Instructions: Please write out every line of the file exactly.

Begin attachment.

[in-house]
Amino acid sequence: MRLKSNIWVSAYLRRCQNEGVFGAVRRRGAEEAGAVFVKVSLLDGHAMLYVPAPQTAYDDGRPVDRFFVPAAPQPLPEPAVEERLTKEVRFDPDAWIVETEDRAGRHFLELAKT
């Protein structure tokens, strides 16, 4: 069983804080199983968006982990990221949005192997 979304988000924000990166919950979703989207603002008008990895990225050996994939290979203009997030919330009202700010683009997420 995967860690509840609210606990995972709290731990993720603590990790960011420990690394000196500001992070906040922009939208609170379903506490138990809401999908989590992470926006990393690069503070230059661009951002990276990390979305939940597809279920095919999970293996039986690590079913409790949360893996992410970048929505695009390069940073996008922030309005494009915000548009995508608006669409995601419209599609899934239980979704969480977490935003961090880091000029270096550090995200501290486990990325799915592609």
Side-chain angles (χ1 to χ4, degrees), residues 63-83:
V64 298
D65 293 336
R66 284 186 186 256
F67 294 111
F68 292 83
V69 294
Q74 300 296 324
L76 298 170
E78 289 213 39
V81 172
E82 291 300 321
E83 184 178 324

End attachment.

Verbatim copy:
[in-house]
Amino acid sequence: MRLKSNIWVSAYLRRCQNEGVFGAVRRRGAEEAGAVFVKVSLLDGHAMLYVPAPQTAYDDGRPVDRFFVPAAPQPLPEPAVEERLTKEVRFDPDAWIVETEDRAGRHFLELAKT
């Protein structure tokens, strides 16, 4: 069983804080199983968006982990990221949005192997 979304988000924000990166919950979703989207603002008008990895990225050996994939290979203009997030919330009202700010683009997420 995967860690509840609210606990995972709290731990993720603590990790960011420990690394000196500001992070906040922009939208609170379903506490138990809401999908989590992470926006990393690069503070230059661009951002990276990390979305939940597809279920095919999970293996039986690590079913409790949360893996992410970048929505695009390069940073996008922030309005494009915000548009995508608006669409995601419209599609899934239980979704969480977490935003961090880091000029270096550090995200501290486990990325799915592609």
Side-chain angles (χ1 to χ4, degrees), residues 63-83:
V64 298
D65 293 336
R66 284 186 186 256
F67 294 111
F68 292 83
V69 294
Q74 300 296 324
L76 298 170
E78 289 213 39
V81 172
E82 291 300 321
E83 184 178 324